Never Let Me Go

Never Let Me Go
by Kazuo Ishiguro
Author Background
Kazuo Ishiguro is a Japanese-British writer
born on November 8th 1954.
• He attended the University of Kent and the
University of East Anglia.
• For his novel The Remains of the Day,
Ishiguro won the Man Booker Prize of 1989
• In 2008, he was 32nd out of 50 on the “50
Greatest British writers since 1945” list.
• His novels are written in first-person
narrative that often exhibit human failings.
• His novels also typically end without any
real resolution.
“It never occurred to me that our lives, until then so closely interwoven, could unravel and separate over a thing like that. But
the fact was, I suppose, there were powerful tides tugging us apart by then, and it only needed something like that to finish the
task. If we'd understood that back then-who knows?-maybe we'd have kept a tighter hold of one another.”
There are primarily three different settings throughout Never Let Me Go that
symbolize the different phases of Ruth, Kathy, and Tommy’s lives. Each setting
breaks up Kathy’s narrative into distinctive parts in order to emphasize the
transitional period of innocence to accepting a melancholic resolution at the end of
the novel.
At Hailsam, the trio
really began to develop a
sense that they were not
“normal” and had
something life-changing in
store for them. This place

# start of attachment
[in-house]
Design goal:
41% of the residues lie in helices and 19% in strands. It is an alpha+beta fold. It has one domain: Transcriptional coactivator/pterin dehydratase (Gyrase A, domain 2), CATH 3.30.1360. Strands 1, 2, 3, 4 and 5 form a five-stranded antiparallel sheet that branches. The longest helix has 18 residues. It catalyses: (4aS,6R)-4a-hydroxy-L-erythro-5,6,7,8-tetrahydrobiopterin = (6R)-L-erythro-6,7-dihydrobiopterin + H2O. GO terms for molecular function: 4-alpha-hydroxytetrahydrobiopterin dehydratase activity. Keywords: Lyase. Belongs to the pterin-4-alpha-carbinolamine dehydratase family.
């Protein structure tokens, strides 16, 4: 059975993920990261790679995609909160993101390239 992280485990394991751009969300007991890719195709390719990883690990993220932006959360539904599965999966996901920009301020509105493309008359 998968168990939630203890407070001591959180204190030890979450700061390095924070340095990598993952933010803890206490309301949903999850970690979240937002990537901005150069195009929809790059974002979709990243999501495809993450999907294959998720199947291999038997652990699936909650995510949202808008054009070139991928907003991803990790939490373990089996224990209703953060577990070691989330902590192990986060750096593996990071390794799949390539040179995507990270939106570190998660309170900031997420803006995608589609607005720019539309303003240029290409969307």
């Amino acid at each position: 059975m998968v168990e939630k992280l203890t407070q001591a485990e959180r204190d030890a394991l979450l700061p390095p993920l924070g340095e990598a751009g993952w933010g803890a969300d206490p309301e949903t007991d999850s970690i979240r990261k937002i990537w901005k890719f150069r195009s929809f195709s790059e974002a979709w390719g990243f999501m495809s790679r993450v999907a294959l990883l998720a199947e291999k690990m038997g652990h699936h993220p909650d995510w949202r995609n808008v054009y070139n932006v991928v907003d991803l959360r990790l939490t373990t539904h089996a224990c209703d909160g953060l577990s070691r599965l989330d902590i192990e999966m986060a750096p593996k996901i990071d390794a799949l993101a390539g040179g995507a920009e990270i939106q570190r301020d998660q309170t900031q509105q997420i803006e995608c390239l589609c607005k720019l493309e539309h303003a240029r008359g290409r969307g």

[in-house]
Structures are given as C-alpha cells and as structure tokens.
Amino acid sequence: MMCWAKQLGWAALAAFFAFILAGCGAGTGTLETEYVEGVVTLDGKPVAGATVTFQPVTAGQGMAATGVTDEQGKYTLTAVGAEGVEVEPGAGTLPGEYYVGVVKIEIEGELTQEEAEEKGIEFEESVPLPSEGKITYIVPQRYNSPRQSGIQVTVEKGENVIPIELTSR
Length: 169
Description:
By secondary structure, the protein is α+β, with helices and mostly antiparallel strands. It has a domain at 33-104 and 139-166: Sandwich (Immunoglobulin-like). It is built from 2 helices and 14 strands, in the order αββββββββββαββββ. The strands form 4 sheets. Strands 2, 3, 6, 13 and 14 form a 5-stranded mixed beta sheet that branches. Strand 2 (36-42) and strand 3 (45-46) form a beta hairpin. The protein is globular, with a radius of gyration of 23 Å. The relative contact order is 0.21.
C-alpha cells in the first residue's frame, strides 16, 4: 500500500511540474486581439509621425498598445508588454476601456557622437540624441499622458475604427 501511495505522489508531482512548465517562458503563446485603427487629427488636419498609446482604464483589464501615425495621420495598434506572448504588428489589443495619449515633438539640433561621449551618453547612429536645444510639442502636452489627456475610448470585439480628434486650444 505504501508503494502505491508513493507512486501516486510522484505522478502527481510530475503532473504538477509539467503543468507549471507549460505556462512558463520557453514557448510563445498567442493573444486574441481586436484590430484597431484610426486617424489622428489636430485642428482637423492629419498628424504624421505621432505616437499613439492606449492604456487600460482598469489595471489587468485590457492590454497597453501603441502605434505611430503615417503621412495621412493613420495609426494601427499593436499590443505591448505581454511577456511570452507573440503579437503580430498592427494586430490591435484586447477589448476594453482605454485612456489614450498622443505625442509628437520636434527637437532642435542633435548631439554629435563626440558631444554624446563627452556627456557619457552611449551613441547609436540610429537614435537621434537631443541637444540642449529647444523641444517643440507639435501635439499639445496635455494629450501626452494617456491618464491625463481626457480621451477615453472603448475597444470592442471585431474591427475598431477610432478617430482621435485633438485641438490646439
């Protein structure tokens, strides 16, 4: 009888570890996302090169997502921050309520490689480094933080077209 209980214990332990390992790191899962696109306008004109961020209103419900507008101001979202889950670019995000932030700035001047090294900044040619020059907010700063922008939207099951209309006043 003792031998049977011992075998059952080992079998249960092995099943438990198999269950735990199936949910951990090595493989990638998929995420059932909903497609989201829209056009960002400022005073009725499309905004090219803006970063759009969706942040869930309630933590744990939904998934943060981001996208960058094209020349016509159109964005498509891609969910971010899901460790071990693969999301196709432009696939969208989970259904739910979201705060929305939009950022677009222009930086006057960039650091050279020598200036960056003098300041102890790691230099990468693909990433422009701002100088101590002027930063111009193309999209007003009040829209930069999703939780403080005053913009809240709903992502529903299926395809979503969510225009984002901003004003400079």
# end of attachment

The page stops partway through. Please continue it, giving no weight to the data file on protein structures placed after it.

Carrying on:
is located in East Sussex,
England hidden away
from the rest of society.
The cottages were
set in the countryside
of England and this
place was an essential
step to the trios
process of discovering
who they are and the
reality of their
Donor Centers
The donor centers
was a place of
reconciliation that
salvaged Tommy and
Cathy's relationship
and finally provided
resolution with Ruth
near the end of her life.
This section is set at the fictional Hailsham boarding school in East
Sussex, England. It is clear from the peculiar way the teachers—known as
"guardians"—treat the students, that Hailsham is not a normal boarding
school. Eventually, it is revealed to the reader and to the students that the
children are clones created to provide vital organs for non-clones
("originals"). The students are not taught any life skills, though the teachers
encourage the students to produce various forms of art and poetry. The best
works are chosen by a woman known only as "Madame," who takes them
away. Students believe she keeps their work in a secret Gallery although
this is not discussed with guardians.
In the second section, the characters, who are now young adults, around age 16 –
18, have moved to the "Cottages," residential complexes where they begin contact
with the external world. It is clear from the descriptions of the Cottages that they are
vastly inferior to the luxuries of Hailsham. The buildings are cold and in poor
condition, and there is little for the clones to do there, with no supervision apart
from one maintenance man. The romantic relationship that had developed between
Ruth and Tommy continues, while Kathy explores her sexuality with other students
there without forming any long-term relationship. Kathy often takes the role of the